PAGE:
When Planned Parenthood of New York City (PPNYC) set out to build its first facility in the borough of Queens, the organization commissioned New York–based Stephen Yablon Architecture to lead the design. “They were an exceptional client,” says the architect. “They recognized the importance of architecture in helping to create a positive patient experience.” The architects were challenged with designing an open, welcoming space on a tight site while meeting stringent security requirements and privacy concerns. The building, which opened in two phases, at the end of 2015 and beginning of 2016, also needed to respond sensitively to its context in a diverse, primarily residential neighborhood. Matching the scale of the adjacent brownstones if not the look, the low-slung, unabashedly modern 15,000-square-foot Diane L. Max Health Center has an assertive yet sympathetic presence on the street. Asymmetric fenestration of high-security glass and porcelain panels in the organization’s characteristic blue punctuate rows of light gray brick.

The compact facility, named for and largely funded by the current PPNYC board chair, contains counseling, exam, procedure, and recovery rooms in addition to waiting areas and offices. A second-floor community healtheducation space, which can be accessed even when the clinic is closed, has already seen significant use. “They’ve had staff training, sex-ed workshops for teens—even other nonprofits have used it,” Yablon says. “It’s been very busy.”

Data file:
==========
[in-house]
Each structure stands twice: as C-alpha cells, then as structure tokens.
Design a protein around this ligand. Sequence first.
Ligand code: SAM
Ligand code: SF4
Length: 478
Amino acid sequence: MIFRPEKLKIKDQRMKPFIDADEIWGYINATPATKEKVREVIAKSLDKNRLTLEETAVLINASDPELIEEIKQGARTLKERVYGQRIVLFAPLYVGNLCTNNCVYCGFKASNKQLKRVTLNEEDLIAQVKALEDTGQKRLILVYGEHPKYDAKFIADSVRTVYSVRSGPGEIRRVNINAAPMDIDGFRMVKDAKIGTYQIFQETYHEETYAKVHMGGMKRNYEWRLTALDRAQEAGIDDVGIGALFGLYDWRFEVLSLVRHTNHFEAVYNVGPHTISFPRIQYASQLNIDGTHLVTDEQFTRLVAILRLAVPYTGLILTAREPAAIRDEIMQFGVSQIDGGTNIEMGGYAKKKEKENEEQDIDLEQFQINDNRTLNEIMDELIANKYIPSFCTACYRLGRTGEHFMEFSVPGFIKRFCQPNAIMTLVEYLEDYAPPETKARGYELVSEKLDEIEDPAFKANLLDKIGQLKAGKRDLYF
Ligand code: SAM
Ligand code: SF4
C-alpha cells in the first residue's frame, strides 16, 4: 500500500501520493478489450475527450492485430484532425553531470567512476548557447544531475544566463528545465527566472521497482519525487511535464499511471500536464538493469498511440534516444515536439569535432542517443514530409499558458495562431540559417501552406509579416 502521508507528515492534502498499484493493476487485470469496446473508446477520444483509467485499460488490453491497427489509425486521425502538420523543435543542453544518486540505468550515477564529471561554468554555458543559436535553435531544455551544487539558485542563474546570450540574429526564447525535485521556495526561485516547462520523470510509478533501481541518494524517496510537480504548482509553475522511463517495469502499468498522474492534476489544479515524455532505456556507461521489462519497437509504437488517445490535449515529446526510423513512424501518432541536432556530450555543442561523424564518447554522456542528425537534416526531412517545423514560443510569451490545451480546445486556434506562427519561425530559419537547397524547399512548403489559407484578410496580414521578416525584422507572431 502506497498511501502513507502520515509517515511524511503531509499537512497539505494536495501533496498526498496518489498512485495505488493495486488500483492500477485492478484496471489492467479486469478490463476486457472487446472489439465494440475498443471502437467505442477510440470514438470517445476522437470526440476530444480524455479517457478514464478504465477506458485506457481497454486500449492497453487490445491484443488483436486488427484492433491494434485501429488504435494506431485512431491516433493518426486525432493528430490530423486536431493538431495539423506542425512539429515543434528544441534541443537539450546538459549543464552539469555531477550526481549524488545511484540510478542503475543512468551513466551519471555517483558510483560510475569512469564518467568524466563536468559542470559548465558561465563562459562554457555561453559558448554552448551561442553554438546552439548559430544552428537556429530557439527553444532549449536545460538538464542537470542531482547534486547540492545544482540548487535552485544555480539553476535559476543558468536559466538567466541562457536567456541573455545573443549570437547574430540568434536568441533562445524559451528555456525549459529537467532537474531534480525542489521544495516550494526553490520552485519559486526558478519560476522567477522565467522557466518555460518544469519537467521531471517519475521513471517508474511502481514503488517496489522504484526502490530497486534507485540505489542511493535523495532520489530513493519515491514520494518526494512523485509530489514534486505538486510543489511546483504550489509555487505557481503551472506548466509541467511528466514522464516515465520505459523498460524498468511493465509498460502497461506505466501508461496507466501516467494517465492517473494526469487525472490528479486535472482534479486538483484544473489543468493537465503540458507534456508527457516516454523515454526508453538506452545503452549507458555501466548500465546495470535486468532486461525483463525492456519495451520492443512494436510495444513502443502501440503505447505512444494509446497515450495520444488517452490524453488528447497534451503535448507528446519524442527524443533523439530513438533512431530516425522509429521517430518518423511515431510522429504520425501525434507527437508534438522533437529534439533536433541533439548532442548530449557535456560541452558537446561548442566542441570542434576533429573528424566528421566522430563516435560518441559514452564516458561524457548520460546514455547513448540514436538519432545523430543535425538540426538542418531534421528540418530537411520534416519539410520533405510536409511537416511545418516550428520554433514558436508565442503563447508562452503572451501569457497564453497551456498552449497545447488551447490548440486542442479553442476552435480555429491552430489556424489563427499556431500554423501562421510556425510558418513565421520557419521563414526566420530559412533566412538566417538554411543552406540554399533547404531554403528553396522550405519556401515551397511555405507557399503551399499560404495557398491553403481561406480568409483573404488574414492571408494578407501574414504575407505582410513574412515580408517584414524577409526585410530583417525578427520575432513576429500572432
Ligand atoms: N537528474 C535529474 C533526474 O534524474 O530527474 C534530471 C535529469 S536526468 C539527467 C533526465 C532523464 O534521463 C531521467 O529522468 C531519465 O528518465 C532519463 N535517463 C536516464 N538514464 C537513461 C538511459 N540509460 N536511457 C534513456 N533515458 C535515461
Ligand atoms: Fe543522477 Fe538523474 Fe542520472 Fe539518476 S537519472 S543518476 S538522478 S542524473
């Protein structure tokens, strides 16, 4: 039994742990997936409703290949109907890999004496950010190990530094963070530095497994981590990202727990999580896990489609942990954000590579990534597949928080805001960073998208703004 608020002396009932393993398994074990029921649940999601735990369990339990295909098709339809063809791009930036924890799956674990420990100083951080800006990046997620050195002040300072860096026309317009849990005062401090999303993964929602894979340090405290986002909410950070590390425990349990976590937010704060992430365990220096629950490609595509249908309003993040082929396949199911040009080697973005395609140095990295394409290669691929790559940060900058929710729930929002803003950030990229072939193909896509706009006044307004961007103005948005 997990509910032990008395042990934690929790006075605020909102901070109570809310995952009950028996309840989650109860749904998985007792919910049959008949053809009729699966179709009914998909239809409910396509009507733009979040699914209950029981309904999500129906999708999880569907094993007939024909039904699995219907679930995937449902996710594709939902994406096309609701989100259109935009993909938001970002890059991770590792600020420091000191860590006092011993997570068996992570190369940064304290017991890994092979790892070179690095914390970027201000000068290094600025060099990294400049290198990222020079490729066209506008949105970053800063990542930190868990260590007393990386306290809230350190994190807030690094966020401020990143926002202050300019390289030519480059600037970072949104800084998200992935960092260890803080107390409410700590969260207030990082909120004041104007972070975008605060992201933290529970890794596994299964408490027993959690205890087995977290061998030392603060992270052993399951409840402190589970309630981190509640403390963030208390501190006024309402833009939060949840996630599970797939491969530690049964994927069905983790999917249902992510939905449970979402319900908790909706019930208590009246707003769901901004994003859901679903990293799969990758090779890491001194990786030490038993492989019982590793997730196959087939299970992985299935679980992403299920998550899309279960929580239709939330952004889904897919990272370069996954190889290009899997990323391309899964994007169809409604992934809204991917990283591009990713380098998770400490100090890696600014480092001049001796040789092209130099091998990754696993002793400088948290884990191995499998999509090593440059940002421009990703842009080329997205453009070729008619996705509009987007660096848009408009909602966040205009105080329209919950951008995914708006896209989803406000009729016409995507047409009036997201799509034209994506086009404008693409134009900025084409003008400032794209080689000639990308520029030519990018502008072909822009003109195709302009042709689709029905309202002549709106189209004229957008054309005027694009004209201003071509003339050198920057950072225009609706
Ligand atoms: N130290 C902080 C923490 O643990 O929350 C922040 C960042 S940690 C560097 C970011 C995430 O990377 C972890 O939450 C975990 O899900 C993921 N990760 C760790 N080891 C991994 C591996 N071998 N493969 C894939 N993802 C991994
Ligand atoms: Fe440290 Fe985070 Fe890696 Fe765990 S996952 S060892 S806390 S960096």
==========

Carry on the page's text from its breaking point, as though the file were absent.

In configuring the interior spaces, the architects aimed to keep it simple and easy to navigate by placing exam rooms in the center and bathrooms, labs, and waiting and circulation areas on the perimenter. “We don’t want it to feel like an endless warren of corridors,” says Yablon. “This is a community where over 130 languages are spoken. How are we going to make people from so many different cultures feel welcome here?” Responding to this question, the team employed a wayfinding system based on colors and numbers. These bold graphics, coordinated with colored LED strips, provide a counterpoint to the sleek, white interiors and help convey the state-of-the-art nature of the facility’s services.


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